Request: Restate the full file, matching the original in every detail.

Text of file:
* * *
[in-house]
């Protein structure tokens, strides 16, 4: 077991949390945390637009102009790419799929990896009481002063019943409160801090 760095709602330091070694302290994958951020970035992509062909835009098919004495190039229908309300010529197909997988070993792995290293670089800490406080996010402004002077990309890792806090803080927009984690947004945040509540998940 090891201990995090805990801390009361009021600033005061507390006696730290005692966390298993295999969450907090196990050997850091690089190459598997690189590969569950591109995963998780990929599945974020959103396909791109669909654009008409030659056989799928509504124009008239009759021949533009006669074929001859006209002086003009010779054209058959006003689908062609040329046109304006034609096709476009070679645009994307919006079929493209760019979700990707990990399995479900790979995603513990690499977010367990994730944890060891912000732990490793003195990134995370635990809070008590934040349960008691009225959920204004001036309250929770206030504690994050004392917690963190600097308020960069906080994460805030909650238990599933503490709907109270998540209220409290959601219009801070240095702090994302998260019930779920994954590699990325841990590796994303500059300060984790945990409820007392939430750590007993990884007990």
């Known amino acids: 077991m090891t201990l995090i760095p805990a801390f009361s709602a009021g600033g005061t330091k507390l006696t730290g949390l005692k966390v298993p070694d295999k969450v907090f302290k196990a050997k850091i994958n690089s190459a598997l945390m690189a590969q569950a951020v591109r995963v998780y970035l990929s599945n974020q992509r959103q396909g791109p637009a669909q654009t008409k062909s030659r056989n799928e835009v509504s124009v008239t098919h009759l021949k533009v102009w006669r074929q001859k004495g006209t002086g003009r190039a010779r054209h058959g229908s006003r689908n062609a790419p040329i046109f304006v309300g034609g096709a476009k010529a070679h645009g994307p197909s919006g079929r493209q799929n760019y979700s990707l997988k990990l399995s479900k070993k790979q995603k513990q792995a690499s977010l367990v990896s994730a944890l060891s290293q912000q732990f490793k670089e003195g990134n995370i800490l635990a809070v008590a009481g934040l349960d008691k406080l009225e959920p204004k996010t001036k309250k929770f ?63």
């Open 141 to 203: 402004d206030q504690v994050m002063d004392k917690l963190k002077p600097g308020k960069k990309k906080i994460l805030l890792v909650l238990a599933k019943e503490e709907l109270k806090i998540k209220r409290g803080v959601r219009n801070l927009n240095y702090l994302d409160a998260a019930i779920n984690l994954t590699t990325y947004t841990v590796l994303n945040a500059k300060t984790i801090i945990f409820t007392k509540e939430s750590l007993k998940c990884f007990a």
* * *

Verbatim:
[in-house]
């Protein structure tokens, strides 16, 4: 077991949390945390637009102009790419799929990896009481002063019943409160801090 760095709602330091070694302290994958951020970035992509062909835009098919004495190039229908309300010529197909997988070993792995290293670089800490406080996010402004002077990309890792806090803080927009984690947004945040509540998940 090891201990995090805990801390009361009021600033005061507390006696730290005692966390298993295999969450907090196990050997850091690089190459598997690189590969569950591109995963998780990929599945974020959103396909791109669909654009008409030659056989799928509504124009008239009759021949533009006669074929001859006209002086003009010779054209058959006003689908062609040329046109304006034609096709476009070679645009994307919006079929493209760019979700990707990990399995479900790979995603513990690499977010367990994730944890060891912000732990490793003195990134995370635990809070008590934040349960008691009225959920204004001036309250929770206030504690994050004392917690963190600097308020960069906080994460805030909650238990599933503490709907109270998540209220409290959601219009801070240095702090994302998260019930779920994954590699990325841990590796994303500059300060984790945990409820007392939430750590007993990884007990």
């Known amino acids: 077991m090891t201990l995090i760095p805990a801390f009361s709602a009021g600033g005061t330091k507390l006696t730290g949390l005692k966390v298993p070694d295999k969450v907090f302290k196990a050997k850091i994958n690089s190459a598997l945390m690189a590969q569950a951020v591109r995963v998780y970035l990929s599945n974020q992509r959103q396909g791109p637009a669909q654009t008409k062909s030659r056989n799928e835009v509504s124009v008239t098919h009759l021949k533009v102009w006669r074929q001859k004495g006209t002086g003009r190039a010779r054209h058959g229908s006003r689908n062609a790419p040329i046109f304006v309300g034609g096709a476009k010529a070679h645009g994307p197909s919006g079929r493209q799929n760019y979700s990707l997988k990990l399995s479900k070993k790979q995603k513990q792995a690499s977010l367990v990896s994730a944890l060891s290293q912000q732990f490793k670089e003195g990134n995370i800490l635990a809070v008590a009481g934040l349960d008691k406080l009225e959920p204004k996010t001036k309250k929770f ?63």
């Open 141 to 203: 402004d206030q504690v994050m002063d004392k917690l963190k002077p600097g308020k960069k990309k906080i994460l805030l890792v909650l238990a599933k019943e503490e709907l109270k806090i998540k209220r409290g803080v959601r219009n801070l927009n240095y702090l994302d409160a998260a019930i779920n984690l994954t590699t990325y947004t841990v590796l994303n945040a500059k300060t984790i801090i945990f409820t007392k509540e939430s750590l007993k998940c990884f007990a």